Luke Reese, married priest, convicted of beating his wife

Luke Reese, the first married Catholic priest in the archdiocese of Indianapolis, was found guilty Friday of one felony and two misdemeanor charges connected to allegations he beat his wife in a jealous rage.

The jury in the Marion County Superior Court found Reese guilty of one count of criminal confinement with bodily injury, one count of domestic battery, and one count of battery resulting in bodily injury, according to public court records. The jury found him not guilty on charges of kidnapping where a vehicle is used and criminal confinement where a vehicle is used.

Jenny Faber, the media representative for the Personal Ordinariate of the Chair of St. Peter in Houston, Texas, where Reese’s bishop presides, did not respond to requests for comment Saturday night; nor did Greg Otolski, spokesman for the Archdiocese of Indianapolis.

We broke this story in February, describing the Sept. 24 incident in which Reese allegedly beat his wife inside his church, and then sexually assaulted her over the course of an 18-hour ordeal.

According to the probable cause affidavit, Reese’s superiors at Holy Rosary knew before the assault occurred that he reportedly provided alcohol to minors, got intoxicated with minors, and shared white supremacist material with young people. 

Reese was a married Anglican priest who entered the Catholic Church and was ordained a Catholic priest in 2016 through the Personal Ordinariate, established by Pope Benedict XVI in 2009. Reese and his wife have been married for 25 years and have seven children.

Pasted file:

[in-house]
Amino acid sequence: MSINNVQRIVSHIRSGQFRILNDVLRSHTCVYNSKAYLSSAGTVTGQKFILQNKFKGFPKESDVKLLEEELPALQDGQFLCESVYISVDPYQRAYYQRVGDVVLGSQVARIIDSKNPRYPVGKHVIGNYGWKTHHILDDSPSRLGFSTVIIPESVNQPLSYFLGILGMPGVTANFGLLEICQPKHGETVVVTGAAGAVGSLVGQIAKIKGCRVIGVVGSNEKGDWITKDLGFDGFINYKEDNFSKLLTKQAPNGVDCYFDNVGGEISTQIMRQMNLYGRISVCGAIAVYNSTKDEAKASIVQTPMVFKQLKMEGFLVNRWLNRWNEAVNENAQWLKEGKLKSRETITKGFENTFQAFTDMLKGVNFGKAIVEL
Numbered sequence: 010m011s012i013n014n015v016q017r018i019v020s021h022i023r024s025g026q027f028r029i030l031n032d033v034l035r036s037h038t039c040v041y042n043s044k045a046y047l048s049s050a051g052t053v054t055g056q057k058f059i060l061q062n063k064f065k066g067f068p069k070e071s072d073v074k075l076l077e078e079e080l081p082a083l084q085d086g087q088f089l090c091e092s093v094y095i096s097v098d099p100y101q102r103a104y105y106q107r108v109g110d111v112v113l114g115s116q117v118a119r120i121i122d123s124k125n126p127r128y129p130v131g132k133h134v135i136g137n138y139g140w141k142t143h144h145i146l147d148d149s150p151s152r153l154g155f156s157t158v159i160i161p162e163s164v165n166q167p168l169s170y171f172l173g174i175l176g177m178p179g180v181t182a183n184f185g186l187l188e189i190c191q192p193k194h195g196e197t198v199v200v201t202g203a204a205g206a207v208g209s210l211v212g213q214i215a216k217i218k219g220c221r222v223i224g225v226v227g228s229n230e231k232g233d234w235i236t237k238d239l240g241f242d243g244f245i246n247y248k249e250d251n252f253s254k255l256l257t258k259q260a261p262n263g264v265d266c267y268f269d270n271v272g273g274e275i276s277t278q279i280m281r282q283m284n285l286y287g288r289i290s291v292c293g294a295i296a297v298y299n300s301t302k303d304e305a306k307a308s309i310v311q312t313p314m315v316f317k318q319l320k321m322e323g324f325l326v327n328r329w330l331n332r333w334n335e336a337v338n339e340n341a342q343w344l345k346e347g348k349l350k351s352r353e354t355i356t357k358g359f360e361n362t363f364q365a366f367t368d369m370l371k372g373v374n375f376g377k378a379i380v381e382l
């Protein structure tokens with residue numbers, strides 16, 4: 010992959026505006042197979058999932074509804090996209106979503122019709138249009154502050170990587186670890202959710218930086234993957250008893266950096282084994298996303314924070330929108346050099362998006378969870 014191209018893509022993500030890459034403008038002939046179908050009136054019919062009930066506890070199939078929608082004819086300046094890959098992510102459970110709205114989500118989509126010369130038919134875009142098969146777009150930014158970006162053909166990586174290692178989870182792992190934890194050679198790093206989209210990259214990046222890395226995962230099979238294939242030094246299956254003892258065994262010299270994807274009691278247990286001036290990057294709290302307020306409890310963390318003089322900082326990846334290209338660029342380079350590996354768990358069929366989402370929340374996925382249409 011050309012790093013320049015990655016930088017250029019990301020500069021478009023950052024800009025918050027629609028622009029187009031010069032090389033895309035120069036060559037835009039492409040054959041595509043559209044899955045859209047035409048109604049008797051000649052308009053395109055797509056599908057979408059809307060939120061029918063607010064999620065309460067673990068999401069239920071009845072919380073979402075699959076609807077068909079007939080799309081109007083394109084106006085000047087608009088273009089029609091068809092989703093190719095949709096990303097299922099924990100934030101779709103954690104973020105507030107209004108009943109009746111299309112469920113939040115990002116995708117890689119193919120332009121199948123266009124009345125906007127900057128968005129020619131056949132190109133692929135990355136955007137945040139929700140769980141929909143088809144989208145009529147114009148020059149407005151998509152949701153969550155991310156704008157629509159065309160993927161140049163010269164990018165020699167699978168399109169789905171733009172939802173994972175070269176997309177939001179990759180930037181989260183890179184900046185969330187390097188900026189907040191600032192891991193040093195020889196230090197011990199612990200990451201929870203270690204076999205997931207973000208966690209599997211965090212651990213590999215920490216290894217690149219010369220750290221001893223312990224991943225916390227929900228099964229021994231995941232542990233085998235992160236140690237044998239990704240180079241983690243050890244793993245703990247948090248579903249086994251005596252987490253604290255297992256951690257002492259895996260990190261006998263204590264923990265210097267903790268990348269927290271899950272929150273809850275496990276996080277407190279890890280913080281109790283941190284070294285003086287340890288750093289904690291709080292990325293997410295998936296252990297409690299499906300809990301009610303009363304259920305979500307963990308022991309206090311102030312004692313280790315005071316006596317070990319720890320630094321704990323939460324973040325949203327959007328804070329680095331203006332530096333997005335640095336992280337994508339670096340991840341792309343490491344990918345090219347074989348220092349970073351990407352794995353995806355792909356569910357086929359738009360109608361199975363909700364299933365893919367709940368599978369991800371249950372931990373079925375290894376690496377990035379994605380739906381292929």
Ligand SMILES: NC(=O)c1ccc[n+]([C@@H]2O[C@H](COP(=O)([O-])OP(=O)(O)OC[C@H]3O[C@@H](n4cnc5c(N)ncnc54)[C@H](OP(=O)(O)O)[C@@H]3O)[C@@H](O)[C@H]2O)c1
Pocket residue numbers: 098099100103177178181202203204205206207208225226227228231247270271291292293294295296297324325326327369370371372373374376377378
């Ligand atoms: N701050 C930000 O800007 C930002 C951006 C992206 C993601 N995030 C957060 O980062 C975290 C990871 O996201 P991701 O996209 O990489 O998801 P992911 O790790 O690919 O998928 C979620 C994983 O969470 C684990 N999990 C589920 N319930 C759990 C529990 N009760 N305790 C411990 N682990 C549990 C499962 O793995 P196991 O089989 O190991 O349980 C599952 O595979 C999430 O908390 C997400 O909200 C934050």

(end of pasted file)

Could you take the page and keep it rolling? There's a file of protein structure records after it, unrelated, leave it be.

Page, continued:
Reese was convicted on June 29, the same day his parish, Holy Rosary in Indianapolis, celebrated a Mass to commemorate his ordination anniversary.

Here, Canonist Peter Vere explains why a desecration of the altar such as the one alleged in the affidavit would require a reconsecration of the church.

 

Here, we detail the larger implications of the Reese scandal for the Ordinariate.

Reese will be sentenced in court on July 23.We will continue to follow this story as information becomes available.

 CORRECTION July 2, 7:00 PM Eastern: We erroneously stated that Reese was convicted of three felonies. In fact, domestic battery and battery with bodily injury are misdemeanor charges. Criminal confinement is a felony.

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6 thoughts on “Luke Reese, married priest, convicted of beating his wife”

  1. There was no commemoration. The masses can be offered for any intention for a very small stipend. Having a mass said for him is a spiritual act of mercy. We don’t know who had that mass offered for him nor when it was requested. It mentions that it is his ordination anniversary. I’m glad the parish did offer up a mass for him. He surely needs it.

  2. Thanks, Simcha, for reporting on this. It’s certainly OK to discuss, learn the facts, and ask questions. It’s a public court case, after all. The silence from the bishops in charge is worrying and puzzling.

    1. Who is backbiting? The Fishers are reporting on publicly available information that is obviously of great interest to many Catholics. Not just the scandalous and criminal behavior of one priest, but the ongoing (non) response of a parish and an archdiocese to an accused and now, convicted abuser wielding power in their midst.

    2. Backbiting? As Kate said, this is all publicaly abailable informagion ans should be extremely relevant for Catholics in the archdiocese of Indianapolis and, in fact, across the country. Domestic violence is never a personal or private problem. Its important that we are not only aware of such terrible incidents (and pray for all involved) but seek accountability.

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